The argument for equating the rich with the merchants has not been conclusive. Instead the evidence for separating them into two groups — one inside the community of believers, the other outside — is the most convincing. The denunciation of the rich merchants (4:13-17) is essentially an “exhortation concerning pride,” that is inhered with a call to repentance. Conversely, in 5:1-6 James paints a picture of the rich that makes it difficult to believe that they are members of the Christian community and offers no sign of hope for their deliverance. In addition, the very language of economics might recall for the audience the Jewish (Psalm 86; Tobit 2:2; 1QH 13.20) and Christian (Luke 4:18; 7:22; Matt. 11:5) notion of the pious poor, which would immediately set “the rich” outside of the community. What matters most for our purposes is that James does not continue an original denunciation that began at 4:13; he rather begins a new accusation that is directed toward a group outside the community of (poor?) believers.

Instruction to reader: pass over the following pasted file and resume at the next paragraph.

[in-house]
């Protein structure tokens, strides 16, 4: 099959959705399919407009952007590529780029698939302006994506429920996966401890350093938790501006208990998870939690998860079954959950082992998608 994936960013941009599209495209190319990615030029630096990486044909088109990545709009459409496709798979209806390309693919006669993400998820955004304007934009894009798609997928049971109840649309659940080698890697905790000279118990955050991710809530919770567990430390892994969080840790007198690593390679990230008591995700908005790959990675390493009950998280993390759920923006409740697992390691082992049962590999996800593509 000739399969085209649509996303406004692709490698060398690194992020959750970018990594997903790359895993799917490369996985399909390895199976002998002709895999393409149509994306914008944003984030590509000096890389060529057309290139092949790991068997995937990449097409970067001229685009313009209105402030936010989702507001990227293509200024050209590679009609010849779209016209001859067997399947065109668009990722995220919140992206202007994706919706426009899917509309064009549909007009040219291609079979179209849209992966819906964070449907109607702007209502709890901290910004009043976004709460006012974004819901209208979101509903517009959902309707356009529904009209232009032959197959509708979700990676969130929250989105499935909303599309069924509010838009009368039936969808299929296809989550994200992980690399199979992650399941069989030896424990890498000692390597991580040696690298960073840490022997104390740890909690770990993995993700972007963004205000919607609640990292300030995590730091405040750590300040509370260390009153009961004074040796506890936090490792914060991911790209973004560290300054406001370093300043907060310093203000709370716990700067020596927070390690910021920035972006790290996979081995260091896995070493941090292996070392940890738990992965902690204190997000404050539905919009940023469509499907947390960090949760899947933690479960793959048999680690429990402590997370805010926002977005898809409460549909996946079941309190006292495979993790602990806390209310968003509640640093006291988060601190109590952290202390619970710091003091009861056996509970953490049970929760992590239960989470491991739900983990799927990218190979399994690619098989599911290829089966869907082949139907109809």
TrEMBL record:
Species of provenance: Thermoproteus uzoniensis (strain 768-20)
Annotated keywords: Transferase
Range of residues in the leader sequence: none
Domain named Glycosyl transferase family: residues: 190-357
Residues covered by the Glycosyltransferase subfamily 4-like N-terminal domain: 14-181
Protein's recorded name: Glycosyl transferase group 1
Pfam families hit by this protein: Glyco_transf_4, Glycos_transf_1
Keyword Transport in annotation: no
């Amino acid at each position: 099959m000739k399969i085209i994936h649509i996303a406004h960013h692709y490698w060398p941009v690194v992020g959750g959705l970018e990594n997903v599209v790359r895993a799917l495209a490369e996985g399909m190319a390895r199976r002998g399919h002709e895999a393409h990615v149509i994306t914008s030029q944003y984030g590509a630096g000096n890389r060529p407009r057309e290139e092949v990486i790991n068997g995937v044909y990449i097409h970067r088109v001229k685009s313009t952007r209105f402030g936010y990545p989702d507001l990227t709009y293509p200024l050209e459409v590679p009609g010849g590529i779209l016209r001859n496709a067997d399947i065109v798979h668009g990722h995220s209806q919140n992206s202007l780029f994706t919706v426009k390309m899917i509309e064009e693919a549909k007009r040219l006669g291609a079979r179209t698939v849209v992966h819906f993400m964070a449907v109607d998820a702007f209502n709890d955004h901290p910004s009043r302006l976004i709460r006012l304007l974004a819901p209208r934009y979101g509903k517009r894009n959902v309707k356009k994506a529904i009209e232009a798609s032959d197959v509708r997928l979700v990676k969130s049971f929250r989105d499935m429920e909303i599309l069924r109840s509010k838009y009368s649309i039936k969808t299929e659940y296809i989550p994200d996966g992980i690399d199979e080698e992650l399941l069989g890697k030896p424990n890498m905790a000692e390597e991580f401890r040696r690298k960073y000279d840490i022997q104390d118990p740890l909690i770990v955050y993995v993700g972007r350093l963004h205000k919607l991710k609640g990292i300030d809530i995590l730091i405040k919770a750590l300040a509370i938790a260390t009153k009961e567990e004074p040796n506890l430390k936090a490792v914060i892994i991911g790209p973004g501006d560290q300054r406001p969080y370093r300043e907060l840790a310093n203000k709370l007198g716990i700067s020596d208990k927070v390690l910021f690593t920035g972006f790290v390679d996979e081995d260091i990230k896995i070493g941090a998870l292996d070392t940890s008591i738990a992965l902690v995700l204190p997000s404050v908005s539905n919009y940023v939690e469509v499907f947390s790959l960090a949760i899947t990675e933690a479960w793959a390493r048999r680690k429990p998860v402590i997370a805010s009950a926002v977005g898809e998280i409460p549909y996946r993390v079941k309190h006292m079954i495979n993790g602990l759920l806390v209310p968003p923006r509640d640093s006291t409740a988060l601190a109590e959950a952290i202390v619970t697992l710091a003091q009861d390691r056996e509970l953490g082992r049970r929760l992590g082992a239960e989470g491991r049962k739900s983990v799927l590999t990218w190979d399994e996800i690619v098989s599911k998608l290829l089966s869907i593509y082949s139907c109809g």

In addition to the intratextual elements evoked by the passage’s opening summons, we find the call to the rich recalling similar invocations in the Prophets (Amos 4:1; Micah 3:1-4), Jewish apocalyptic literature (1 Enoch 94:6-100:13; esp. 94:8), and Jesus traditions (Luke 6:24-26; esp. 6:24). It is not uncommon to address groups of people (especially “the rich”!) in a rhetorical manner. The actual presence of the addressee(s) is not required for the message to have effect. With his rhetorical use of the vocative and his address moving to those outside the community, this is the case in James 5:1-6.
klausate ololuzontes – The tone introduced in the opening summons is heightened somewhat by the use of the imperative and participle. Whether ololuzein is defining klaio or simply serves as an attendant circumstance is irrelevant to the command’s overall force. Though a hapax legomenon in the New Testament, the onomatopoeic ololuzein (cp. “howl” in English) is used over 20 times in the LXX. Interestingly all LXX uses are found in the Prophets with a striking majority in Isaiah (10:10; 13:6; 14:31; 15:3; 23:1, 14; see also Zech. 11:2; Amos 8:3; Jer. 31:20). It should be noted, in analyzing James 5:1-6, that many of these prophetic uses have inanimate objects or nations as references (“howl you idols”, Isa. 10:10; “Howl you ships of Carthage,” Isa. 23:1, 14; “Let the pine howl,” Zech. 11:2; “ceilings howl,” Amos 8:3; Isa. 15:3 is part of oracle against Moab), who are directed to howl because of foreboding destruction (see especially Isa. 13:6, “Howl, for the day of the Lord is near.”).